OFWs remittances boost BOP surplus of US$1.2 Billion

THE country’s balance of payments registered a surplus in the first quarter of 2012 at US$1.2 billion.

This was, however, lower by 64.4 percent compared to the US$3.5 billion surplus in the same quarter a year ago, as both the current and capital and financial accounts yielded lower net inflows during the quarter, the Bangko Sentral ng Pilipinas said.

BSP said the surplus in the current account was boosted mainly by higher inflows from overseas Filipino (OF) remittances and business process outsourcing (BPO) services transactions while the net inflows in the capital and financial account emanated largely from increased foreign direct investments.

After economic activity across the globe slowed down markedly at the end of 2011 due to the heightened sovereign debt crisis in some parts of the euro area, global economic prospects have gradually improved during the quarter.

The threat of a sharp worldwide slowdown eased with improved activity in the U.S. and the policy measures undertaken by the European Central Bank to foster the proper functioning of the euro area economy (e.g., offering of cheap loans to European banks, the approval of a new financing package for Greece, bold efforts of Italy and Spain to implement economic reforms).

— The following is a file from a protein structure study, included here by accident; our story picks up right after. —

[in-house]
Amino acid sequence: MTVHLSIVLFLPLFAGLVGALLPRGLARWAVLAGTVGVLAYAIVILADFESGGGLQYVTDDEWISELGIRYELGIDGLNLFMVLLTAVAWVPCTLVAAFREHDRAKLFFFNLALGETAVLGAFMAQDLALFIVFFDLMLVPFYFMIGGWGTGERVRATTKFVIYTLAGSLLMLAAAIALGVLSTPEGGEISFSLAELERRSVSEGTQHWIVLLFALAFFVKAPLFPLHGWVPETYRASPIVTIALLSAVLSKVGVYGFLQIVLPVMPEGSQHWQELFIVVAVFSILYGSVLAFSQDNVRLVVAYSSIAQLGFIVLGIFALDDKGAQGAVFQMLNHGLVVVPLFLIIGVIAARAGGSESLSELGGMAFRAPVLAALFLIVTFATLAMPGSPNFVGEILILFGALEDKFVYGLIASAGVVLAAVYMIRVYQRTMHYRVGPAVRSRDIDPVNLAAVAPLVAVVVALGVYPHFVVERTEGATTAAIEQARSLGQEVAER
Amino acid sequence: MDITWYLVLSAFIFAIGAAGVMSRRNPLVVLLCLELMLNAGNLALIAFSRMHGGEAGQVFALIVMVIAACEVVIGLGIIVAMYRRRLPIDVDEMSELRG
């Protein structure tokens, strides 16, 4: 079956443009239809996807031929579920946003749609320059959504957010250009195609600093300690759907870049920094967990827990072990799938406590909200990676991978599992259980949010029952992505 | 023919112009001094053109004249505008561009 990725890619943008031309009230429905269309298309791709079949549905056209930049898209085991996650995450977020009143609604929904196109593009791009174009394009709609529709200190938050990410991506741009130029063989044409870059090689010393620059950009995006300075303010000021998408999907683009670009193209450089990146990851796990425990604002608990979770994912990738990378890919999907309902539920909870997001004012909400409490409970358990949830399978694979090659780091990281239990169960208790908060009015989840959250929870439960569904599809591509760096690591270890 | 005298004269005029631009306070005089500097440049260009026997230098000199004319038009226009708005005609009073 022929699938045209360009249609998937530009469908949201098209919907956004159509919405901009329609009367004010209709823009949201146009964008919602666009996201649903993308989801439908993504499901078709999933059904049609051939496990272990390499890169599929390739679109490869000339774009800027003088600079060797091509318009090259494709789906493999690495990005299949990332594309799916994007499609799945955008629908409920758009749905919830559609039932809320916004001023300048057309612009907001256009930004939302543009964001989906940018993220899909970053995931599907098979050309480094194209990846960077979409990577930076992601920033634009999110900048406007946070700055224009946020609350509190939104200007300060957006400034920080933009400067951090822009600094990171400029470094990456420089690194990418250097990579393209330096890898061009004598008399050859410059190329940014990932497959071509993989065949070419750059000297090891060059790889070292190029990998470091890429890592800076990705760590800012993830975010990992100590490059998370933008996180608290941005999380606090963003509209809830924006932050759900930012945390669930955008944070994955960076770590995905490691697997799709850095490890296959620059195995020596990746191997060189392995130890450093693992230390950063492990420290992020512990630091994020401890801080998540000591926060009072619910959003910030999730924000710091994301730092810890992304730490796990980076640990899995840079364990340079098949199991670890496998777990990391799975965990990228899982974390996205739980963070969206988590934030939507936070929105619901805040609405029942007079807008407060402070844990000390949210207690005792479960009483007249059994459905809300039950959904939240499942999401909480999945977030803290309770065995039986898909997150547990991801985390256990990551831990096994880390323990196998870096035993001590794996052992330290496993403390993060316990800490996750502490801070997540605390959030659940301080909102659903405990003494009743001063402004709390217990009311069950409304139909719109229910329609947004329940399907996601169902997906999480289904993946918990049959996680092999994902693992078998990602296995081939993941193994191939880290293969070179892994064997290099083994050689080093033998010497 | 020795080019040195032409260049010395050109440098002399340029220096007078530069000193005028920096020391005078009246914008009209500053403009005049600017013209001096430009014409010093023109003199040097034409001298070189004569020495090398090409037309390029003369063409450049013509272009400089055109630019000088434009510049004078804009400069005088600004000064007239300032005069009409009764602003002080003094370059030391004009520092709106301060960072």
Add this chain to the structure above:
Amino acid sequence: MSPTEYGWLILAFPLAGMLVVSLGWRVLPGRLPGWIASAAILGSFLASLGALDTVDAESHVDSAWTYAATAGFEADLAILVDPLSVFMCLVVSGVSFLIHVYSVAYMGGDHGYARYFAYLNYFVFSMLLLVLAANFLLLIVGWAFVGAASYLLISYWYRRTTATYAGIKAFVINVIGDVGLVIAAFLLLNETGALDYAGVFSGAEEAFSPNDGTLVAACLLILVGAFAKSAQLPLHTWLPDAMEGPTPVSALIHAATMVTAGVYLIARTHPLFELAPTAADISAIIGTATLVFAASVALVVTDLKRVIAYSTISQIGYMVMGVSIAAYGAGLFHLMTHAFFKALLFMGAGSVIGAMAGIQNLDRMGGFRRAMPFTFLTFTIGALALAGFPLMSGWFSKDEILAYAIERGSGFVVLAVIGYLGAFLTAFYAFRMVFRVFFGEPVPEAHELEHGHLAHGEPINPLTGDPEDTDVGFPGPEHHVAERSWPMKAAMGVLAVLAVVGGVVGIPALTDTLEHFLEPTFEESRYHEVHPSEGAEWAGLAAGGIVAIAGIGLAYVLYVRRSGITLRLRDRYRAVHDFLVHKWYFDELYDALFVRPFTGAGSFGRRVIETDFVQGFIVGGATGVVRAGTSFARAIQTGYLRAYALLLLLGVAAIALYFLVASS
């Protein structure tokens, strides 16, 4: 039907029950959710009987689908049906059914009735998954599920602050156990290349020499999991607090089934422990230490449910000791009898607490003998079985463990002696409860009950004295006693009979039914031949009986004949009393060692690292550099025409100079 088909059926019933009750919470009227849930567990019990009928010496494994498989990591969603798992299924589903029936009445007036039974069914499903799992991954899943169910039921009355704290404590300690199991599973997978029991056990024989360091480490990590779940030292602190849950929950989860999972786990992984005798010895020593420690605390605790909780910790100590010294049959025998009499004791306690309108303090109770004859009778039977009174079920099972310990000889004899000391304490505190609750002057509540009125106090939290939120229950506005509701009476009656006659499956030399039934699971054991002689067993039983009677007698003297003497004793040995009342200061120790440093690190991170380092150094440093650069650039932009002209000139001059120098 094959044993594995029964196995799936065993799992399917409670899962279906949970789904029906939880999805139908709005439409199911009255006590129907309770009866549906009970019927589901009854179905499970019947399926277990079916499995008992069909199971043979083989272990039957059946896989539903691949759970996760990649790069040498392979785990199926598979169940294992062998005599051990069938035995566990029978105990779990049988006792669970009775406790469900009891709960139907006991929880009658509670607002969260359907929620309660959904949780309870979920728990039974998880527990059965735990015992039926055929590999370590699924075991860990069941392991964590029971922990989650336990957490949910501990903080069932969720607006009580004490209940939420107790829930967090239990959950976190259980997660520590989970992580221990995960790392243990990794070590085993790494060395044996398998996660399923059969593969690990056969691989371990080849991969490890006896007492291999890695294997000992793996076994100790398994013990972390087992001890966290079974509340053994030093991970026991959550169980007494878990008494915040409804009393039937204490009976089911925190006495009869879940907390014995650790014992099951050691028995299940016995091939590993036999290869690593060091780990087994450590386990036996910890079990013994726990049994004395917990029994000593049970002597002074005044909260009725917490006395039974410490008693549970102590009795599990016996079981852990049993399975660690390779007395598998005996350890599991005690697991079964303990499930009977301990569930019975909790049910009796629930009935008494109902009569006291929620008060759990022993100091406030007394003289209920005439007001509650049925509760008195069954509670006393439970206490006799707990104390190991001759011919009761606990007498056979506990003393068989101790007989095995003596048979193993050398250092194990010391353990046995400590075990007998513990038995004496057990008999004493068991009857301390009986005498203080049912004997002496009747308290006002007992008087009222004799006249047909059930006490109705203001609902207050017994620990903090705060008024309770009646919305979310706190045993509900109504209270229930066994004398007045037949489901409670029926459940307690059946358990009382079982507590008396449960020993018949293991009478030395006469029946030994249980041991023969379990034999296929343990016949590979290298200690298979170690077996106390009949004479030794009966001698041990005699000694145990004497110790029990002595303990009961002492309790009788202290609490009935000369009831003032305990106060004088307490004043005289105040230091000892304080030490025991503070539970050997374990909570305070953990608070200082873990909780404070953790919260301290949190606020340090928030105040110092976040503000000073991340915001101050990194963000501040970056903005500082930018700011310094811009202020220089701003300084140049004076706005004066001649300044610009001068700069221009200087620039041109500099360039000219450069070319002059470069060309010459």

A fragile economic recovery is underway, but the risks remain elevated amid high unemployment, slow growth, continued economic woes in Europe, and higher oil prices. Nonetheless, growth in Asia is anticipated to gain momentum with economic activity remaining relatively solid in most emerging and developing Asian economies while weak recovery will likely persist in major advanced economies.

As a result of the continued surplus in the BOP, gross international reserves (GIR) reached US$76.1 billion as of end-March 2012, reflecting a 15.4 percent (US$10.1 billion) increase from the year-ago GIR level of US$66 billion.

At this level, reserves could sufficiently cover 11.4 months’ worth of imports of goods and payments of services and income. It was also equivalent to 10.9 times the country’s short-term external debt based on original maturity, BSP said.


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